Money To Live

September 26, 2008

Review: A Tree Grows in Brooklyn by Betty Smith

Filed under: savings — by moneytolive @ 5:00 am

Betty Smith’s novel A Tree Grows in Brooklyn is the coming of age story of Irish-American Francie Nolan set in Brooklyn in the early 20th century. The book is wonderful, and has lots of details about how Francie’s mother deals with money.

The Nolan family is poor, and when there is not enough food, Francie’s mother tells the children that they are explorers at the North Pole and they have to ration their food. It is very sad when Francie is old enough to realize the “game” is not much of a game.

When Francie is born, her maternal grandmother tells her mother, Katie, to start saving money to buy a piece of land. By saving 5¢ a day in a tin can, it will take about three years to save $50. They talk about ways to save the 5¢: bargain for groceries, burn less coal, and turn the lamp off.

Katie’s mother saves up $50 and thinks that she buys a piece of land. Since she cannot read, though, she does not realize she is given a fake land deed. She saves up again, and her husband spends the money on chickens, which are all either killed or stolen.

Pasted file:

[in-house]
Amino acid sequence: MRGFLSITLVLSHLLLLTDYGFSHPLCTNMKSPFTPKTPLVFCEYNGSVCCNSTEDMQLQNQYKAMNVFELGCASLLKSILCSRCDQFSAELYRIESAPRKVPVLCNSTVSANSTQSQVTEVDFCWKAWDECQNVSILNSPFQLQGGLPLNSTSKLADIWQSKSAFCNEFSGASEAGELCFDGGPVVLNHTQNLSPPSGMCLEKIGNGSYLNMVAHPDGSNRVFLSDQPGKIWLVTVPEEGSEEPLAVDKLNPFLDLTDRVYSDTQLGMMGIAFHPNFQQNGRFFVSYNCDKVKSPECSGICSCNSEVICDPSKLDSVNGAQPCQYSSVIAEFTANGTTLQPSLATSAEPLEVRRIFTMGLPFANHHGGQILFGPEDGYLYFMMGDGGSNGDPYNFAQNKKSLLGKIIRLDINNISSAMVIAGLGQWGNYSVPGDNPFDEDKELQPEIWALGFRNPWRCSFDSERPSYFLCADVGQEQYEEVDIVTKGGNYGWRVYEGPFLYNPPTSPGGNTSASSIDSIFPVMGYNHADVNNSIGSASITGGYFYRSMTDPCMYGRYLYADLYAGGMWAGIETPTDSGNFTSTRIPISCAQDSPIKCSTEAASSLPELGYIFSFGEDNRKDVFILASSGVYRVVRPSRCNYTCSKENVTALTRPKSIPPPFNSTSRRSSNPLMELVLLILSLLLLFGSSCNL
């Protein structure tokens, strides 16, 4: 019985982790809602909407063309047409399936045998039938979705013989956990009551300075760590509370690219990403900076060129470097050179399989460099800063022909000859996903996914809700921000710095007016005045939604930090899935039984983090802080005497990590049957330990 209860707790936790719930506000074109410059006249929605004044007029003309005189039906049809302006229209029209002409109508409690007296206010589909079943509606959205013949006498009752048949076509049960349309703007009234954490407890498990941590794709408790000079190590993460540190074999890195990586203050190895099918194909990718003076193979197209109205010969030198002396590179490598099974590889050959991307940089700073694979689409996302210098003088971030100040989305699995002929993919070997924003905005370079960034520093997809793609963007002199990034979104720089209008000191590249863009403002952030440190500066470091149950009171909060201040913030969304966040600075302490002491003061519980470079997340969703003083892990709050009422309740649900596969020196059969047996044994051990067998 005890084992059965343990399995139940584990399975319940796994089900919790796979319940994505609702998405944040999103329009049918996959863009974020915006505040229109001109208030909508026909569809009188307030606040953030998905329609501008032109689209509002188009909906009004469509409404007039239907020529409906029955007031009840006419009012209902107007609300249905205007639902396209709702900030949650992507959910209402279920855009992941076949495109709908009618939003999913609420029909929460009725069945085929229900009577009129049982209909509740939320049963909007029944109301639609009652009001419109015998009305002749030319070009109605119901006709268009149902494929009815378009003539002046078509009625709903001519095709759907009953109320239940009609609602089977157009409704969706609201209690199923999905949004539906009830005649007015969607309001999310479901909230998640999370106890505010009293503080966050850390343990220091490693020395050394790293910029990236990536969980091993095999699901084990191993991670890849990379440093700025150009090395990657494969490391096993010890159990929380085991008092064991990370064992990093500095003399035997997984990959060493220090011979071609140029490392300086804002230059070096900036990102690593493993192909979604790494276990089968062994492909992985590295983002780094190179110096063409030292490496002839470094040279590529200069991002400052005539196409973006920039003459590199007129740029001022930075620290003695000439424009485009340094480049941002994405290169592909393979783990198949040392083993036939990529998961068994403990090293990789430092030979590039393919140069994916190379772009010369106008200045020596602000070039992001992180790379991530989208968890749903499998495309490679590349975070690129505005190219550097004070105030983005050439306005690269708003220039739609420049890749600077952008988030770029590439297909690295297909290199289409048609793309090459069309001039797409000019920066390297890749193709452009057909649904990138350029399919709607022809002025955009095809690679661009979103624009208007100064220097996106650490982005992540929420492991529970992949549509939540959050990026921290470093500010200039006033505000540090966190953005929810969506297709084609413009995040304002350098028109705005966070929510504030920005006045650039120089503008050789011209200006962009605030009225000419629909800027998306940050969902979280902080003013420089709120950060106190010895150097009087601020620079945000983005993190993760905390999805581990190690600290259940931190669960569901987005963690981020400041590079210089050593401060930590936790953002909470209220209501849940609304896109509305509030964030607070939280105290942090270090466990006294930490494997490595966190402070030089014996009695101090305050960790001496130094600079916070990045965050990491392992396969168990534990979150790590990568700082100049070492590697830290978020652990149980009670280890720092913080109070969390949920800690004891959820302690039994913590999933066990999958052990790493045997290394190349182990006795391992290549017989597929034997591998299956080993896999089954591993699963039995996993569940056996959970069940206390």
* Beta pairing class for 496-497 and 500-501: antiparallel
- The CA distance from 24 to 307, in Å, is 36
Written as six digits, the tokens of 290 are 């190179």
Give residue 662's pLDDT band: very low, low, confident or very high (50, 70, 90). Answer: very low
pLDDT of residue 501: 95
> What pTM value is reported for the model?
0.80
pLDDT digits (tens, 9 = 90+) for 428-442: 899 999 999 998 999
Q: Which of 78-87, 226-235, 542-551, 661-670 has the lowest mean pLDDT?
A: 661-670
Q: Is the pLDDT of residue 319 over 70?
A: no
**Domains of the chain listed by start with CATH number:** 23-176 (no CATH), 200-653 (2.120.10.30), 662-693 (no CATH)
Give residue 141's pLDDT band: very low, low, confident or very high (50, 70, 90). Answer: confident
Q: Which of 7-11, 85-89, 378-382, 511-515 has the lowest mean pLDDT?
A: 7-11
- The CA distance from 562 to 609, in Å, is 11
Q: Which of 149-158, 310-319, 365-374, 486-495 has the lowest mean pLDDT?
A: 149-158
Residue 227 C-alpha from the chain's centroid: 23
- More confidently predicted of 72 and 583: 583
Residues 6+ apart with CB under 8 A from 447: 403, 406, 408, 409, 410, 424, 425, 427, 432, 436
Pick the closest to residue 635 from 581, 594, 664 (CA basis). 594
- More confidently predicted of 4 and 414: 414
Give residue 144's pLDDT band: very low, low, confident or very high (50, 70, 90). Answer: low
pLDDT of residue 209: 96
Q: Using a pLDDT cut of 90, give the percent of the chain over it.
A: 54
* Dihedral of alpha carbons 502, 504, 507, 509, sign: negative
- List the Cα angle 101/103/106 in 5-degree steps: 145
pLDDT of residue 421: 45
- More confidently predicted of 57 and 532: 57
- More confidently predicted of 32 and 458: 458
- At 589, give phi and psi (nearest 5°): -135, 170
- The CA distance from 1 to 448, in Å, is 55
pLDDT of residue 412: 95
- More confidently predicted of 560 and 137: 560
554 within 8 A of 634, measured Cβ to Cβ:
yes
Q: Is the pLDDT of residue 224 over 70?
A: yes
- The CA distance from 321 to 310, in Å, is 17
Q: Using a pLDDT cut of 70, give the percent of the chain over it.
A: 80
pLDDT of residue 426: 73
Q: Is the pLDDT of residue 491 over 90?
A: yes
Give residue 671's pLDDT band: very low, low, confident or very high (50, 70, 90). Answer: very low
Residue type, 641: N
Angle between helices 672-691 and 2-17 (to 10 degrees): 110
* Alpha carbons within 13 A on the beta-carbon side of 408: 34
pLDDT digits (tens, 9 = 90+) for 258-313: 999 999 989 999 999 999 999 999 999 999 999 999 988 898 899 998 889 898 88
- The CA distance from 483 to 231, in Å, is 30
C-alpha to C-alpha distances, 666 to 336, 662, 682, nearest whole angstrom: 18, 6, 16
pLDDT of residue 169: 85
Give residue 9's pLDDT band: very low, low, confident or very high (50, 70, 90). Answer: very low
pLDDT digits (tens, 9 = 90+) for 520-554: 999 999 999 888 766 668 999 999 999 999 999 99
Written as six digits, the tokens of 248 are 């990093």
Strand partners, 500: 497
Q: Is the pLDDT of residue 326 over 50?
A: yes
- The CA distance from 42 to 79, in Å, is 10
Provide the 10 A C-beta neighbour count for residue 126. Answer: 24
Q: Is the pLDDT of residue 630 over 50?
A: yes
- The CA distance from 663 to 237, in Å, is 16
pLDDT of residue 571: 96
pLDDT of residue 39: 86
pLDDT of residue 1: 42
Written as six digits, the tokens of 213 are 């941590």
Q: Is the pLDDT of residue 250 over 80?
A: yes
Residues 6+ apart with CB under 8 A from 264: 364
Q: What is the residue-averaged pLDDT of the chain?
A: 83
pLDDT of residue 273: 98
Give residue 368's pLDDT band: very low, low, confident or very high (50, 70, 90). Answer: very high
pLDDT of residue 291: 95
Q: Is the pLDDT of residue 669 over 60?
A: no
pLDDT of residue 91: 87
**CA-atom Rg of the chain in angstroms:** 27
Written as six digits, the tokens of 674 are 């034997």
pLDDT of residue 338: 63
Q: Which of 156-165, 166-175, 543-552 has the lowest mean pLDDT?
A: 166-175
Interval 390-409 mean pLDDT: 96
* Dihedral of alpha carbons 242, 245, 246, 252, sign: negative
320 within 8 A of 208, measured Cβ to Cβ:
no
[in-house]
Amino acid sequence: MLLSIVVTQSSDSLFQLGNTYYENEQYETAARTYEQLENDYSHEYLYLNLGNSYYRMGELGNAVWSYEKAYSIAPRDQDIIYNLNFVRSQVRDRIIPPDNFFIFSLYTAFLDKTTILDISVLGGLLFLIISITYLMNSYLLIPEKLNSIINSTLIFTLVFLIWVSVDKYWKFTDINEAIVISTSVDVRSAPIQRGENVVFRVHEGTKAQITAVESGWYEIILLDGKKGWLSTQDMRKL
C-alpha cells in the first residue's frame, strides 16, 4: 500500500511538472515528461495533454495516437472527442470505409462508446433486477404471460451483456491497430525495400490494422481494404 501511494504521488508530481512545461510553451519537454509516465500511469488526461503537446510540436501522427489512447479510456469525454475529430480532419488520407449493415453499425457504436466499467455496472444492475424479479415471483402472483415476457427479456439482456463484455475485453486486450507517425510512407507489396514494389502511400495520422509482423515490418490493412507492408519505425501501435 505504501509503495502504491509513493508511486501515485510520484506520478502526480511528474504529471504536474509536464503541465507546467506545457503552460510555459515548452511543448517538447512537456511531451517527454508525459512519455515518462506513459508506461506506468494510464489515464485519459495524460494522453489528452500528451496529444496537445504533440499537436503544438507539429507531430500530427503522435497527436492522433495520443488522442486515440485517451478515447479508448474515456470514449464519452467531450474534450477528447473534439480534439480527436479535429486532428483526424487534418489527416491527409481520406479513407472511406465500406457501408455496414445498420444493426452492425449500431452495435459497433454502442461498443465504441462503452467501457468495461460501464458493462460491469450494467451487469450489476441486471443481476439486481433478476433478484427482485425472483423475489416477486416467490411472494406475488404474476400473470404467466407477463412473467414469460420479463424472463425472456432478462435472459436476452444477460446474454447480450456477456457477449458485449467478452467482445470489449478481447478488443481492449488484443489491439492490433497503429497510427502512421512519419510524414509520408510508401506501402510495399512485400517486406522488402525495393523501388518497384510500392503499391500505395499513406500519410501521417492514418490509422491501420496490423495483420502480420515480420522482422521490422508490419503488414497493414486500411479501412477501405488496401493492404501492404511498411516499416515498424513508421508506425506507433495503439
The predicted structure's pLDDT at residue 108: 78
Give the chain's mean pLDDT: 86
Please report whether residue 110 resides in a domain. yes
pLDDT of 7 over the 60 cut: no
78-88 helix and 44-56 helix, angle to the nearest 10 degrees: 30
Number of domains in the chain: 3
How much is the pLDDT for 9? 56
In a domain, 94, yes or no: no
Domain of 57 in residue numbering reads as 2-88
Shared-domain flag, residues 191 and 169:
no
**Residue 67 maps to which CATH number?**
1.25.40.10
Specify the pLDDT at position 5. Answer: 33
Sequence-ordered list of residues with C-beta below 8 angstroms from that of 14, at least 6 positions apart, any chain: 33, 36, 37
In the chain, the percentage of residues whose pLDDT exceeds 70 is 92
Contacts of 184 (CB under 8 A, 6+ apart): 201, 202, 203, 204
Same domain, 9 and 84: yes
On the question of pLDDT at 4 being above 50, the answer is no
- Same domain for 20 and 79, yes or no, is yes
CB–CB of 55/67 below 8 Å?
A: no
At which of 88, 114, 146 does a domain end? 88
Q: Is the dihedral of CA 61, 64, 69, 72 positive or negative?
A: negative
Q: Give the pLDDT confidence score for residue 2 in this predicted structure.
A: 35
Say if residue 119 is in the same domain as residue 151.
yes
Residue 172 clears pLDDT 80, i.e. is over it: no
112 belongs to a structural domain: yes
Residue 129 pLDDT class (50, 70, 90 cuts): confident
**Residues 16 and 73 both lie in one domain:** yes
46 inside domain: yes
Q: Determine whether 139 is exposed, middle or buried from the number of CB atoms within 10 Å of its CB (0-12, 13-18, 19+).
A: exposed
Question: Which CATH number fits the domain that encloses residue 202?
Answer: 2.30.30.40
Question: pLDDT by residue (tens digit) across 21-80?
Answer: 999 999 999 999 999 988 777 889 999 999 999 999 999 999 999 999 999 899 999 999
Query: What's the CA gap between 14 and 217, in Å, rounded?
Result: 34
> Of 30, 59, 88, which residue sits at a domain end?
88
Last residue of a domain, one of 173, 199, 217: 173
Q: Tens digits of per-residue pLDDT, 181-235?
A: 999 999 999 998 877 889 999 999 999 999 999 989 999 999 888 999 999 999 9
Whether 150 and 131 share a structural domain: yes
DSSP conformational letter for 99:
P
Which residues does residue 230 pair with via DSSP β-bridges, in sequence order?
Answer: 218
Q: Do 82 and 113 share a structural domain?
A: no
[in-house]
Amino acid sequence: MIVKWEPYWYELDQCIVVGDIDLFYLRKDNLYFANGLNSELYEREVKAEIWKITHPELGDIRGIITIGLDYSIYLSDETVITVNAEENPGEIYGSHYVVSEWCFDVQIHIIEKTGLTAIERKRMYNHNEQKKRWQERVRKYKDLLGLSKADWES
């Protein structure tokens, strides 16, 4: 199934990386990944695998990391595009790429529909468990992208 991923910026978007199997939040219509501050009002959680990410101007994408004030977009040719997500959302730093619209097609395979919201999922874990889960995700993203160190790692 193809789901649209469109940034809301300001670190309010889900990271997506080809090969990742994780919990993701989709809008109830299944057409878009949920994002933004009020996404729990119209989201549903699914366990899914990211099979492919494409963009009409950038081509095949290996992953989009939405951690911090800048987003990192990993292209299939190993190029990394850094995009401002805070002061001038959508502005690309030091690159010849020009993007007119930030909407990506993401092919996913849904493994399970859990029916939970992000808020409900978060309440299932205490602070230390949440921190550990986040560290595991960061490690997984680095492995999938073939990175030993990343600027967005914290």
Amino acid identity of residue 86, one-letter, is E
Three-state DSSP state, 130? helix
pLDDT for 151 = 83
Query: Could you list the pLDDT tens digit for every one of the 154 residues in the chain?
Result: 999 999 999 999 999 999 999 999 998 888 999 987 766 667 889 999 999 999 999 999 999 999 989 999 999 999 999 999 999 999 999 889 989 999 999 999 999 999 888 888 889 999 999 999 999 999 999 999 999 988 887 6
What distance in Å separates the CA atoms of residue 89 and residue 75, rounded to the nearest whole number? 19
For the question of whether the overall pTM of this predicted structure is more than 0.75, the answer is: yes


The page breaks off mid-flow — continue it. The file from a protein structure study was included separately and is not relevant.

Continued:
Katie saves up as much as she can, in part by asking her children for pennies they get from selling junk. Katie makes withdrawals a few times (to cover medical and transportation expenses), but always requires the amount be repaid with interest. At one point, the bank is emptied to cover moving expenses, and Katie starts saving again.

Eventually, Katie buys a piece of land with the money, but under sad circumstances. I will not say more than that because I do not want to give away the plot.

The Bureau of Labor Statistics provides a CPI infation calculator. CPI is the consumer price index, which represents prices of goods and services purchased by urban households. The CPI has been calculated since 1913, so the calculator only goes back that far. These would be Katie’s savings goals today:

  • 5¢ in 1913 is $1.11 in 2008 dollars — a reasonable amount to save on a daily basis.
  • $50 in 1913 is $1,110.93 in 2008 dollars — not nearly enough to buy land anywhere near Brooklyn

I highly recommend this book. It is a great piece of literature with insight into the struggles of a family trying to make ends meet.


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